As if the 25% tariff levied by the U.S. on single malt Scotch whisky imports in October weren’t bad enough (an industry group predicts it could cost Scottish distillers $130 million in lost exports this year), Scotland’s whisky trade now faces outright larceny as well. “A major threat to the Scotch whisky industry,” according to a new study, “is the sale of counterfeit single malt whiskies with purported distillation years in the 19th and early- to mid-20th centuries.”
Single bottles of rare old whisky regularly sell to collectors and connoisseurs for thousands — even hundreds of thousands — of dollars a bottle. In 2018, in fact, two bottles of a single-malt Scotch, The Macallan Valerio Adami 1926, sold separately at auction for just over $1 million each — helping to cement the distillery’s reputation as one of Scotland’s most prestigious brands. (The Macallan isn’t quite considered one of the 100 most valuable brands in the world, but another Scotch producer is.)
According to the study, conducted by scientists with the Radiocarbon Lab at the Scottish Universities Environmental Research Centre (SUERC) in Glasgow, such fakery harms the industry because it “impinges upon the reputation of auction houses, retailers, brand owners and distillers.”
Why are radiation scientists studying whisky counterfeiting? Because the SUERC team has discovered a way to expose the sham Scotches by measuring their carbon-14 content. This is an isotope that was released into the atmosphere as fallout from nuclear bomb tests in the 1950s and ‘60s and absorbed into plants — including the barley used to make whisky. Because carbon-14 decays at a steady rate, scientists can analyze the level of trace elements remaining in a whisky and approximate its true age.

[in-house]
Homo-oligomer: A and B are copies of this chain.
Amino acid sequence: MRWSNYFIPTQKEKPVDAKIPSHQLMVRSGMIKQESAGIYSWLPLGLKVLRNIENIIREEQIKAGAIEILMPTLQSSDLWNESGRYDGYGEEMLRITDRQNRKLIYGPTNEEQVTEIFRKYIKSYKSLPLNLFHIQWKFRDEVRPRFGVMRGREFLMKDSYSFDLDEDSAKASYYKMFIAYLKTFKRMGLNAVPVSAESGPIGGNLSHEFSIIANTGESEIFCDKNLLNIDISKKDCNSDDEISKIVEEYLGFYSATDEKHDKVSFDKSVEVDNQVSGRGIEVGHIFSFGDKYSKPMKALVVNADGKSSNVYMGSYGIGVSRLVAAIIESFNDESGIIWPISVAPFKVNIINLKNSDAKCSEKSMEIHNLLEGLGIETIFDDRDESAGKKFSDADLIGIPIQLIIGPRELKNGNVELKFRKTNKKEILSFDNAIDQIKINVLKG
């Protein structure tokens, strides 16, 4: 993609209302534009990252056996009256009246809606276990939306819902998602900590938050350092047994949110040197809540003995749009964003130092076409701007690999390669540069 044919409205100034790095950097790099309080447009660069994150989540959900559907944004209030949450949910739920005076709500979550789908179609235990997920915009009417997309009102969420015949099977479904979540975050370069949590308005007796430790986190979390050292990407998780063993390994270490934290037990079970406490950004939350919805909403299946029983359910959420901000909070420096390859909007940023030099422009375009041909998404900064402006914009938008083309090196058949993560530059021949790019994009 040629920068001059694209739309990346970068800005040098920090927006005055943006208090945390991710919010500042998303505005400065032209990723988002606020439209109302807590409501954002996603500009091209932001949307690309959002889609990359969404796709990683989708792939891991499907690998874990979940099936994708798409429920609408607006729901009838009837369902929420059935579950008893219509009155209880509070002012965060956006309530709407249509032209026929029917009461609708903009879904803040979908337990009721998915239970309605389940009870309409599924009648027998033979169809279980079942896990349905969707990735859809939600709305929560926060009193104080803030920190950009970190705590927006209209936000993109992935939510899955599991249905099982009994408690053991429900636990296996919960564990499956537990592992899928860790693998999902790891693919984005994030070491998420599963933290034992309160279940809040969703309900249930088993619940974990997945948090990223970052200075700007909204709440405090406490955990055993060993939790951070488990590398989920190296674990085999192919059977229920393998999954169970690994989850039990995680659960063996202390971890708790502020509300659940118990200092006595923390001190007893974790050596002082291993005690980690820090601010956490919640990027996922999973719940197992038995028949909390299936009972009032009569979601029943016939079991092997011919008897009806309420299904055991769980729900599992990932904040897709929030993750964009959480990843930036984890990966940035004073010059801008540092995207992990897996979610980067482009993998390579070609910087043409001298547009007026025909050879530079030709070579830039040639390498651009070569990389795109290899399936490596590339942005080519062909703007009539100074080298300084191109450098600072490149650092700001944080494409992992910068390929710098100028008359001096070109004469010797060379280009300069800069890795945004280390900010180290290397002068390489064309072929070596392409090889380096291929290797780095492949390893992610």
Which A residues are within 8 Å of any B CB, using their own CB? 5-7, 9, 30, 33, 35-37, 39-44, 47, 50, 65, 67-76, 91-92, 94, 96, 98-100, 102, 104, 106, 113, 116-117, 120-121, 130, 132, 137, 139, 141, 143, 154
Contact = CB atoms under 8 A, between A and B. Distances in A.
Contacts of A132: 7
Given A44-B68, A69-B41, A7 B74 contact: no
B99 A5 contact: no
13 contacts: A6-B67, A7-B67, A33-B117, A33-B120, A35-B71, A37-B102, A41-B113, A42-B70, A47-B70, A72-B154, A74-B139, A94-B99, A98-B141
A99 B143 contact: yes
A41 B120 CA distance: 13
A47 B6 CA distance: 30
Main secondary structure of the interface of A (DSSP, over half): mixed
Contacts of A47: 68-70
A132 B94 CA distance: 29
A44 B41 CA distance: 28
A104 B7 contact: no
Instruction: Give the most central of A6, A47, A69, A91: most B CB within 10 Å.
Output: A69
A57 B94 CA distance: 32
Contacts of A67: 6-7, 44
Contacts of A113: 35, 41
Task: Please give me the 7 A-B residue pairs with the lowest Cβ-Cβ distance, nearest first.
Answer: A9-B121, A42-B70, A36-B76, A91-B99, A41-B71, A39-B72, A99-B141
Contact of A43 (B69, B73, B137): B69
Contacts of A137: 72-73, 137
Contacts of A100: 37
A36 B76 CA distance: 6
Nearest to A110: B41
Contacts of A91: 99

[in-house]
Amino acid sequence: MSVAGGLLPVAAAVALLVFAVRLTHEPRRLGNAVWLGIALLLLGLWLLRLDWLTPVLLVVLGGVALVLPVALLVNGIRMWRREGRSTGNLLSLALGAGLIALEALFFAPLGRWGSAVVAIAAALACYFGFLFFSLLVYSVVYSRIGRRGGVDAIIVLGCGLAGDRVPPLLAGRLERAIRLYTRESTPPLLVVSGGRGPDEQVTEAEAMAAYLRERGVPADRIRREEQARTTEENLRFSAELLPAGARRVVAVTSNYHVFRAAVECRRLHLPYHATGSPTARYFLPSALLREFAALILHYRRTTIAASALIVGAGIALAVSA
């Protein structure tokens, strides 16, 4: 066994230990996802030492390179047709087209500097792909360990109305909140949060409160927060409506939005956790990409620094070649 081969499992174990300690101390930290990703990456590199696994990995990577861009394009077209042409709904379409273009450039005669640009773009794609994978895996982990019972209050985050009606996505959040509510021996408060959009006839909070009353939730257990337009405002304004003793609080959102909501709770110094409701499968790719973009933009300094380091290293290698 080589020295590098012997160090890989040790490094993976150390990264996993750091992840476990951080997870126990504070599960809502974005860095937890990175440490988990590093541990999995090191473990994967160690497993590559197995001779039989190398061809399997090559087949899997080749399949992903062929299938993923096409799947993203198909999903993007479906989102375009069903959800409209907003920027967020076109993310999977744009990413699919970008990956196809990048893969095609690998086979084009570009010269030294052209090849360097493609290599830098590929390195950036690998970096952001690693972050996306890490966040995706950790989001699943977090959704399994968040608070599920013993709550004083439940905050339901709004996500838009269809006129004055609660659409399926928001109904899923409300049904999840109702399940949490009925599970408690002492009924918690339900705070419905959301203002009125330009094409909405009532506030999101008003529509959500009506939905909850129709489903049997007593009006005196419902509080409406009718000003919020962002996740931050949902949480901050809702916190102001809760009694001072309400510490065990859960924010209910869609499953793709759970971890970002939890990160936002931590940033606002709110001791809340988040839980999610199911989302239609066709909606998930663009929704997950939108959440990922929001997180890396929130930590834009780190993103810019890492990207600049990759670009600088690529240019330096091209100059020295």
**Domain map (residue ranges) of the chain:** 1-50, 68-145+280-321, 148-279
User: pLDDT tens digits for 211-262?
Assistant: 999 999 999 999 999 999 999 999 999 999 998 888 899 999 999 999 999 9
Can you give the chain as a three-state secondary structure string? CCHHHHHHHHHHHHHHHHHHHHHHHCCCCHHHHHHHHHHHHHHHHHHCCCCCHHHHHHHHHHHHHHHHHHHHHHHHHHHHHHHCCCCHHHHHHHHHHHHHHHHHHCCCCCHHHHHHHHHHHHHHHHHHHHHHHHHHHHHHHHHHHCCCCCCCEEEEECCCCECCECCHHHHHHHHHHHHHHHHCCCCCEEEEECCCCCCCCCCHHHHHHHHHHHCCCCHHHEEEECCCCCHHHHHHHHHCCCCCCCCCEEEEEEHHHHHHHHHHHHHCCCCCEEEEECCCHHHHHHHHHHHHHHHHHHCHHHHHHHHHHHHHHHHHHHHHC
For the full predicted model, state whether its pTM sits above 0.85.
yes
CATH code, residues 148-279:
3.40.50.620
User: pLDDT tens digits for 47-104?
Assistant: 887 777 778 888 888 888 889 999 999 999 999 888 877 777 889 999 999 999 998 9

According to a story in Live Science called “Nuclear fallout exposes fake ‘antique’ whisky,” the researchers studied rare whiskies said to date from various years as far back as 1847. Almost half of them were younger than they were said to be. A bottle of Talisker, for instance, supposedly dating from 1863, was found to have probably been distilled between 2007 and 2014. A Laphroaig supposedly dating back to 1903 turned out to have been made in 2011 or later.
Potential buyers of pricey spirits like these should definitely exercise caution, whether they opt to have their purchases scientifically analyzed or not. If you get the real thing, though, these rarities can be a good investment, even if you never take a sip. The 2019 Luxury Investment Index published by the financial consulting firm Knight Frank recommends rare whisky as an “asset class” rapidly rising in value. In other words, if you want to make money, buy whiskey.